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EPA Posts New Renewable Goals

June 2, 2015 in Biofuels, Regulations by Rich Piellisch  |  No Comments

RFS Proposal Disappoints Some Advanced Fuels Developers

The U.S. EPA has proposed new volume requirements under its Renewable Fuel Standard program for the years 2014, 2015 and 2016. The agency also proposed volume requirements for biomass-based diesel for 2017.

The U.S. EPA will hold a public hearing on its proposed Renewable Fuel Standard goals on June 25 in Kansas City, and will take public input and comment until July 27. The agency promises to finalize the new volume standards by the end of November.

The U.S. EPA will hold a public hearing on its proposed Renewable Fuel Standard goals on June 25 in Kansas City, Kans. and will take public input and comment until July 27. The agency promises to finalize the new volume standards by the end of November.

“The proposal would boost renewable fuel production and provide for ambitious yet responsible growth over multiple years, supporting future expansion of the biofuels industry,” EPA says.

“As the top biodiesel-producing state, we are enormously relieved the biodiesel industry’s long limbo is almost over,” Iowa Biodiesel Board executive director Grant Kimberley said in a release. “Although the prolonged uncertainty strained our producers, we seem to be headed back on course for the original intent of the RFS.”

‘A Significant Increase’

EPA’s proposal marks a significant increase for biodiesel volumes from the agency’s original proposal in 2013, IBB says, which would have held the biodiesel standard flat at 1.28 billion gallons through 2015.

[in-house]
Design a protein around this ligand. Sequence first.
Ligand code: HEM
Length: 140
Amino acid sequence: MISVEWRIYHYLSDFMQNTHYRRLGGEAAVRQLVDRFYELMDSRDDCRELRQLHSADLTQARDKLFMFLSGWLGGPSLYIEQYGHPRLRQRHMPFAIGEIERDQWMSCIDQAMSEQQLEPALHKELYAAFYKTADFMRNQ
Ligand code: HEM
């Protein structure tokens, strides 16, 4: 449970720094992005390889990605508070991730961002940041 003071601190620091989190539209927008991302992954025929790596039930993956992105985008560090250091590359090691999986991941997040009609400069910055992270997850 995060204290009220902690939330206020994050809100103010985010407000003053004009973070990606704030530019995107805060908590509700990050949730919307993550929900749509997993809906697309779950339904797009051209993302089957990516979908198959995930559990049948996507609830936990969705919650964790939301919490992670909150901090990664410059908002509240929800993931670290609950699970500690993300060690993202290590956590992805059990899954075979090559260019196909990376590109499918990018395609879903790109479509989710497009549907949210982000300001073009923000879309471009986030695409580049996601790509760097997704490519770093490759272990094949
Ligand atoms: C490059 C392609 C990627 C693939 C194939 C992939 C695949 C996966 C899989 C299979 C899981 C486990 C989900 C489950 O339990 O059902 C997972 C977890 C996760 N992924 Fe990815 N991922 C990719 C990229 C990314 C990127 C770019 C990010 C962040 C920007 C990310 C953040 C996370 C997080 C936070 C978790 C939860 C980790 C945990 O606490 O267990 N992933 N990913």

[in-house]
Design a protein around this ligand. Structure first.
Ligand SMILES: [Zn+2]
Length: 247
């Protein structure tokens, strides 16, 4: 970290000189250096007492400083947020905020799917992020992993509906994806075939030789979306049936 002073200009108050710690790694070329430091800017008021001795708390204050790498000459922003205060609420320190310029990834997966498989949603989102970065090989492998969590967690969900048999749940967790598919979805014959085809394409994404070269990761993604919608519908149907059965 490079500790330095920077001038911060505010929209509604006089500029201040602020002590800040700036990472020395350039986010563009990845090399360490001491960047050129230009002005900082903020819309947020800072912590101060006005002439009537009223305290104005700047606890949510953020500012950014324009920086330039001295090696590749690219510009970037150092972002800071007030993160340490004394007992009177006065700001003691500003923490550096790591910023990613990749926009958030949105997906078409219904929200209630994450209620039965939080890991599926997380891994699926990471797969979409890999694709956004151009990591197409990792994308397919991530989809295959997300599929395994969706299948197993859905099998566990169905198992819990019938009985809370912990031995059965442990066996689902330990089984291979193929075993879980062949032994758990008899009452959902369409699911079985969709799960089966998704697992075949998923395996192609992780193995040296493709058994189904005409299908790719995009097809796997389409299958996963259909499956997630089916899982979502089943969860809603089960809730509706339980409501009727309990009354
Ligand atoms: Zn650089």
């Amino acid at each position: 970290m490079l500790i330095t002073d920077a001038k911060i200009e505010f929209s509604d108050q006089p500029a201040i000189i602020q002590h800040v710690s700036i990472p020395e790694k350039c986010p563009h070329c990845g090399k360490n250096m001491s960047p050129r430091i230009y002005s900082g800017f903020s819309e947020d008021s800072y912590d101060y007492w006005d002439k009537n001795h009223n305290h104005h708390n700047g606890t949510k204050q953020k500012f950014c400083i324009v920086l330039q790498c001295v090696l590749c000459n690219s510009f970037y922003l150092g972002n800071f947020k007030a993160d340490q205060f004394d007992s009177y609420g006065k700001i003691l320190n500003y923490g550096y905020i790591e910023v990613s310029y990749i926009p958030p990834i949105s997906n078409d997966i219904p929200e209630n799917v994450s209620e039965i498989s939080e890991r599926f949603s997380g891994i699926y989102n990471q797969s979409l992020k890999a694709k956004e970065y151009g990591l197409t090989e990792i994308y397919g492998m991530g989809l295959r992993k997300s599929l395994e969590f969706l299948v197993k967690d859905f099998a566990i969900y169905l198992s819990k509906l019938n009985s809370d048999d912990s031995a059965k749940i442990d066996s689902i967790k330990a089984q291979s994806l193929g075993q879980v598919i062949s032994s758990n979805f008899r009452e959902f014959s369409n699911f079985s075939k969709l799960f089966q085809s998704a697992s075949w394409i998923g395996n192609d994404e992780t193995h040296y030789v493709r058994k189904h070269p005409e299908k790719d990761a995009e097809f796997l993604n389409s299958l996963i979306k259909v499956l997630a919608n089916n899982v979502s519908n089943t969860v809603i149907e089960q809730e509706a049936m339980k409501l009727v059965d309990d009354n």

“This proposal is a significant step in the right direction,” National Biodiesel Board CEO Joe Jobe said in his organization’s announcement. “It is not perfect, but it will get the U.S. biodiesel industry growing again and put people back to work.”

“We believe these proposed volume requirements will provide a strong incentive for continued investment and growth in biofuels,” said Janet McCabe, the acting assistant administrator for EPA’s Office of Air.

According to EPA,

  • EPAlogo

    Click here or image to view the latest RFS proposal.

    The proposed 2016 standard for cellulosic biofuel – those fuels with the lowest greenhouse gas emissions profile – is more than 170 million gallons higher than the actual 2014 volumes – six times higher than actual 2014 volumes.

  • The proposed 2016 standard for total renewable fuel is nearly 1.5 billion gallons more, or about 9% higher, than the actual 2014 volumes.
  • The proposed 2016 standard for advanced biofuel is more than 700 million gallons – 27% – higher than the actual 2014 volumes.
  • Biodiesel standards grow steadily over the next several years, increasing every year to reach 1.9 billion gallons by 2017. That’s 17% higher than the actual 2014 volumes.

“Biodiesel has displaced more than 8 billion gallons of petroleum diesel in the U.S. over the last decade,” Jobe said. “That is an incredible achievement, and we will build on that success under the proposal the EPA released today.”